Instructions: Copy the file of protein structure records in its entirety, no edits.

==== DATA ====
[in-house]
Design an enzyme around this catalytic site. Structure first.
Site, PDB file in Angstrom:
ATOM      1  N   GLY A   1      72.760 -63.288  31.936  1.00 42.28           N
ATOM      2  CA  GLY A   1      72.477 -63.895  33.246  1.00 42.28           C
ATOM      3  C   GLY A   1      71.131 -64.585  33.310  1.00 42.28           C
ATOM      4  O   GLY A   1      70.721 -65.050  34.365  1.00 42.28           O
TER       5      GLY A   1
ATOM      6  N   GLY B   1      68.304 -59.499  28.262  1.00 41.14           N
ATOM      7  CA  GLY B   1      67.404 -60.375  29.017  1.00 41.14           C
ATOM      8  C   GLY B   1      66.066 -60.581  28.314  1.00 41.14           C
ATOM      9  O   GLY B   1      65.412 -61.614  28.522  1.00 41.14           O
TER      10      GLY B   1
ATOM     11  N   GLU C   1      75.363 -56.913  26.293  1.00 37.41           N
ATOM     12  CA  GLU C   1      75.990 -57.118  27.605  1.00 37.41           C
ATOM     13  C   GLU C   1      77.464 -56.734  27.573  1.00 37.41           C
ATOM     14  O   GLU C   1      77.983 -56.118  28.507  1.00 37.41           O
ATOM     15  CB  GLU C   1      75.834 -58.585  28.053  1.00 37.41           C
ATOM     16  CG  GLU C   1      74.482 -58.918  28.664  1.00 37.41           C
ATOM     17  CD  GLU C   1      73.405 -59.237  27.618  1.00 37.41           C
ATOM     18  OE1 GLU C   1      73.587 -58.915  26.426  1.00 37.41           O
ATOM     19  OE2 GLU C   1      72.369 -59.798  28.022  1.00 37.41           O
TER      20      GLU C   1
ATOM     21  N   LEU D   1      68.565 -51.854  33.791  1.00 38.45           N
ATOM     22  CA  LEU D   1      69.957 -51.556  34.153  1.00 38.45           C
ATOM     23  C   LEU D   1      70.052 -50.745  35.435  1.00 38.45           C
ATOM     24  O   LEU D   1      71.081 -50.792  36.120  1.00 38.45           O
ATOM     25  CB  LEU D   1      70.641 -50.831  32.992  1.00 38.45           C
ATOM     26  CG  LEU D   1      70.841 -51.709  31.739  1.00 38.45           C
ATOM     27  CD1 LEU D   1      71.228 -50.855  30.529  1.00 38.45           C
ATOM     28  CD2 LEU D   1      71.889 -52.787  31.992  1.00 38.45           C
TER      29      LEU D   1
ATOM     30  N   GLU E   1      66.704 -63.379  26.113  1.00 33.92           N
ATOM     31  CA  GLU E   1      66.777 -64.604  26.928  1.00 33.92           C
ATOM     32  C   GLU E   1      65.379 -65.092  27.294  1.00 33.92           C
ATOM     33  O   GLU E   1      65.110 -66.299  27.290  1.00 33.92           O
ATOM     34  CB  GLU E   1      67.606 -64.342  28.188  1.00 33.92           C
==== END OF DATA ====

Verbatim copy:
[in-house]
Design an enzyme around this catalytic site. Structure first.
Site, PDB file in Angstrom:
ATOM      1  N   GLY A   1      72.760 -63.288  31.936  1.00 42.28           N
ATOM      2  CA  GLY A   1      72.477 -63.895  33.246  1.00 42.28           C
ATOM      3  C   GLY A   1      71.131 -64.585  33.310  1.00 42.28           C
ATOM      4  O   GLY A   1      70.721 -65.050  34.365  1.00 42.28           O
TER       5      GLY A   1
ATOM      6  N   GLY B   1      68.304 -59.499  28.262  1.00 41.14           N
ATOM      7  CA  GLY B   1      67.404 -60.375  29.017  1.00 41.14           C
ATOM      8  C   GLY B   1      66.066 -60.581  28.314  1.00 41.14           C
ATOM      9  O   GLY B   1      65.412 -61.614  28.522  1.00 41.14           O
TER      10      GLY B   1
ATOM     11  N   GLU C   1      75.363 -56.913  26.293  1.00 37.41           N
ATOM     12  CA  GLU C   1      75.990 -57.118  27.605  1.00 37.41           C
ATOM     13  C   GLU C   1      77.464 -56.734  27.573  1.00 37.41           C
ATOM     14  O   GLU C   1      77.983 -56.118  28.507  1.00 37.41           O
ATOM     15  CB  GLU C   1      75.834 -58.585  28.053  1.00 37.41           C
ATOM     16  CG  GLU C   1      74.482 -58.918  28.664  1.00 37.41           C
ATOM     17  CD  GLU C   1      73.405 -59.237  27.618  1.00 37.41           C
ATOM     18  OE1 GLU C   1      73.587 -58.915  26.426  1.00 37.41           O
ATOM     19  OE2 GLU C   1      72.369 -59.798  28.022  1.00 37.41           O
TER      20      GLU C   1
ATOM     21  N   LEU D   1      68.565 -51.854  33.791  1.00 38.45           N
ATOM     22  CA  LEU D   1      69.957 -51.556  34.153  1.00 38.45           C
ATOM     23  C   LEU D   1      70.052 -50.745  35.435  1.00 38.45           C
ATOM     24  O   LEU D   1      71.081 -50.792  36.120  1.00 38.45           O
ATOM     25  CB  LEU D   1      70.641 -50.831  32.992  1.00 38.45           C
ATOM     26  CG  LEU D   1      70.841 -51.709  31.739  1.00 38.45           C
ATOM     27  CD1 LEU D   1      71.228 -50.855  30.529  1.00 38.45           C
ATOM     28  CD2 LEU D   1      71.889 -52.787  31.992  1.00 38.45           C
TER      29      LEU D   1
ATOM     30  N   GLU E   1      66.704 -63.379  26.113  1.00 33.92           N
ATOM     31  CA  GLU E   1      66.777 -64.604  26.928  1.00 33.92           C
ATOM     32  C   GLU E   1      65.379 -65.092  27.294  1.00 33.92           C
ATOM     33  O   GLU E   1      65.110 -66.299  27.290  1.00 33.92           O
ATOM     34  CB  GLU E   1      67.606 -64.342  28.188  1.00 33.92           C